Whitney Extends 'Agnes Pelton: Desert Transcendentalist' Exhibition through November

Friday, September 25, 2020
Whitney Extends 'Agnes Pelton: Desert Transcendentalist' Exhibition through November

Discover visionary symbolism in the American Southwest in Whitney's 'Agnes Pelton: Desert Transcendentalist', extended through November, 1.

Image courtesy to Whitney

 

For Agnes Pelton, painting was a path to enlightenment, an expression of a higher consciousness within the universe. Using a vocabulary of largely abstract forms and delicate, shimmering veils of light, she portrayed her awareness of a world that lay behind physical appearances.

 

Installation view of Agnes Pelton: Desert Transcendentalist (Whitney Museum of American Art, New York, March 13–November 1, 2020). From left to right: Light Center, 1960-61; Departure, 1952; Room Decoration in Purple and Gray, 1917. Photograph by Ron Amstutz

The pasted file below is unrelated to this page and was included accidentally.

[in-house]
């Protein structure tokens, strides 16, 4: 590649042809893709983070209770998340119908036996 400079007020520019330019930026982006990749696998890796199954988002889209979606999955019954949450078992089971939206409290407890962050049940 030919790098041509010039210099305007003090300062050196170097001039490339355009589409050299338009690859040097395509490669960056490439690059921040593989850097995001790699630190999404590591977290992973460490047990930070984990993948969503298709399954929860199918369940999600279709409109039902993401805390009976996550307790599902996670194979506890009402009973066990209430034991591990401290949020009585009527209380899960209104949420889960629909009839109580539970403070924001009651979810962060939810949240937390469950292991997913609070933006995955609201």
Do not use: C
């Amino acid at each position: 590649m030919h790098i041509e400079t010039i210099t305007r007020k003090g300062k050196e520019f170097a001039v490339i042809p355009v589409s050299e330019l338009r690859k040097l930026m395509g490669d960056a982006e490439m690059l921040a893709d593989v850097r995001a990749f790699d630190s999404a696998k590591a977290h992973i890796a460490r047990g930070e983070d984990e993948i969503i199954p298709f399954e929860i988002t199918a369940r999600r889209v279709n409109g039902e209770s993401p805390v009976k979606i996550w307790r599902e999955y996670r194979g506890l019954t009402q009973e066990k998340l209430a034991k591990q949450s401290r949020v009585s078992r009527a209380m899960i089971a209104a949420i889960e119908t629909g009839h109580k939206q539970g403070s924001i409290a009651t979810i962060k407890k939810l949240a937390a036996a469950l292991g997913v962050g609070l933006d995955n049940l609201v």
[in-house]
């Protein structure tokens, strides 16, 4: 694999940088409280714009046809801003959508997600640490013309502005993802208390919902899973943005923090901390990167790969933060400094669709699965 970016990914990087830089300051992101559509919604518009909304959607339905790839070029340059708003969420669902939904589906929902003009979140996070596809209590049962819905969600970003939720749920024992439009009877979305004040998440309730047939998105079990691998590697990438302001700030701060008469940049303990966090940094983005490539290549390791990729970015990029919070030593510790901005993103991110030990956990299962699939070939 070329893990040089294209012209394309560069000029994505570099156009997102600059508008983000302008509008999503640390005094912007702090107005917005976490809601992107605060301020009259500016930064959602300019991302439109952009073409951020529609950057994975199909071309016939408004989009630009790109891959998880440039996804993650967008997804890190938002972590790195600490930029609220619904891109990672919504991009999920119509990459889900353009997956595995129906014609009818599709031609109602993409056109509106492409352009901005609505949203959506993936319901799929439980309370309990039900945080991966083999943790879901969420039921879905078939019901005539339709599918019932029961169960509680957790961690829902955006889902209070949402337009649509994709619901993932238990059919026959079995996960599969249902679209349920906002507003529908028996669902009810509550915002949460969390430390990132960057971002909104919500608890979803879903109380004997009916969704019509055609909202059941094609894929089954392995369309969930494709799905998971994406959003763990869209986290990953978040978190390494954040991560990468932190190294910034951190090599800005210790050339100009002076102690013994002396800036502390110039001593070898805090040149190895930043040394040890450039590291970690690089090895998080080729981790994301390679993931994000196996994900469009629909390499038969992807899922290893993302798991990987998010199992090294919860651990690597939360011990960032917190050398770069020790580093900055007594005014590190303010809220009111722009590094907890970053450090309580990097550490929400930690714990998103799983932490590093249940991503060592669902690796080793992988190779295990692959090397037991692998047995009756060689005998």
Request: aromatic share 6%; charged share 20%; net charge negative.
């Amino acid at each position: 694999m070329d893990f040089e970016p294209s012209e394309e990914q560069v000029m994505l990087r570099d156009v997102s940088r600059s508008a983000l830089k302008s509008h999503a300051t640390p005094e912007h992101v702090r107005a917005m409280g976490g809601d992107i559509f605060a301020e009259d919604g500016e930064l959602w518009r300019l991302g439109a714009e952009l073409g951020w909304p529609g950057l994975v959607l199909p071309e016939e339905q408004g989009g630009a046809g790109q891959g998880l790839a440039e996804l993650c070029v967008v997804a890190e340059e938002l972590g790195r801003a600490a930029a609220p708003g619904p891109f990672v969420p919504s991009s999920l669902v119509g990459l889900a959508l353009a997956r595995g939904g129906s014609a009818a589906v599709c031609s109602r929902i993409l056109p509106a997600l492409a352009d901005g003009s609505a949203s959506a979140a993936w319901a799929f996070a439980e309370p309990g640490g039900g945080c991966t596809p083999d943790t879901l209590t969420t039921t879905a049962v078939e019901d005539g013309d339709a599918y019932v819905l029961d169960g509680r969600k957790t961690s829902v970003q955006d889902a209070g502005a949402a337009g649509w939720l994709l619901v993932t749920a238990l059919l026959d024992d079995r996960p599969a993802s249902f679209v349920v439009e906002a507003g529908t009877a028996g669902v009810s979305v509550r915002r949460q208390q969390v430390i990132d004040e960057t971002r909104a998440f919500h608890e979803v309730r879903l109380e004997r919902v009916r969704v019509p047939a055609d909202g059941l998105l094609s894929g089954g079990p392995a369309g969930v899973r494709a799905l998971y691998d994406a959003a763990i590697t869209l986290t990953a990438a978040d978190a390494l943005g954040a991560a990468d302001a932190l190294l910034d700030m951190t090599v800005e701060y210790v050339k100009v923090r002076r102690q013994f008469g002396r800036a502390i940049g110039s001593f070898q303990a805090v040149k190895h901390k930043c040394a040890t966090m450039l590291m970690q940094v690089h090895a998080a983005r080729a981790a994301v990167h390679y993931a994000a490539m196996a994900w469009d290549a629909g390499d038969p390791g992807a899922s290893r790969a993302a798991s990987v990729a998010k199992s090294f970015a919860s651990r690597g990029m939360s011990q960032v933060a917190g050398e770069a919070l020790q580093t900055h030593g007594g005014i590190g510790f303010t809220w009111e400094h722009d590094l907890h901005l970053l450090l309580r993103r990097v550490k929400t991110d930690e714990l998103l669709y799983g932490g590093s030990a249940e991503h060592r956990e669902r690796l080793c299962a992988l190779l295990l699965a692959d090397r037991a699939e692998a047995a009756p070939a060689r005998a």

Agnes Pelton (1881–1961) was a visionary symbolist who depicted the spiritual reality she experienced in moments of meditative stillness. Art for her was a discipline through which she gave form to her vision of a higher consciousness within the universe. Using an abstract vocabulary of curvilinear, biomorphic forms and delicate, shimmering veils of light, she portrayed her awareness of a world that lay behind physical appearances—a world of benevolent, disembodied energies animating and protecting life.  For most of her career, Pelton chose to live away from the distractions of a major art center, first in Water Mill, Long Island, from 1921 to 1932, and subsequently in Cathedral City, a small community near Palm Springs, California. Her isolation from the mainstream art world meant that her paintings were relatively unknown during her lifetime and in the decades thereafter. This exhibition of approximately forty-five works introduces to the public a little-known artist whose luminous, abstract images of transcendence are only now being fully recognized.

 

Image courtesy to Whitney

 

Agnes Pelton: Desert Transcendentalist is organized by the Phoenix Art Museum, and curated by Gilbert Vicario, The Selig Family Chief Curator. The installation at the Whitney Museum is overseen by Barbara Haskell, curator, with Sarah Humphreville, senior curatorial assistant.

 

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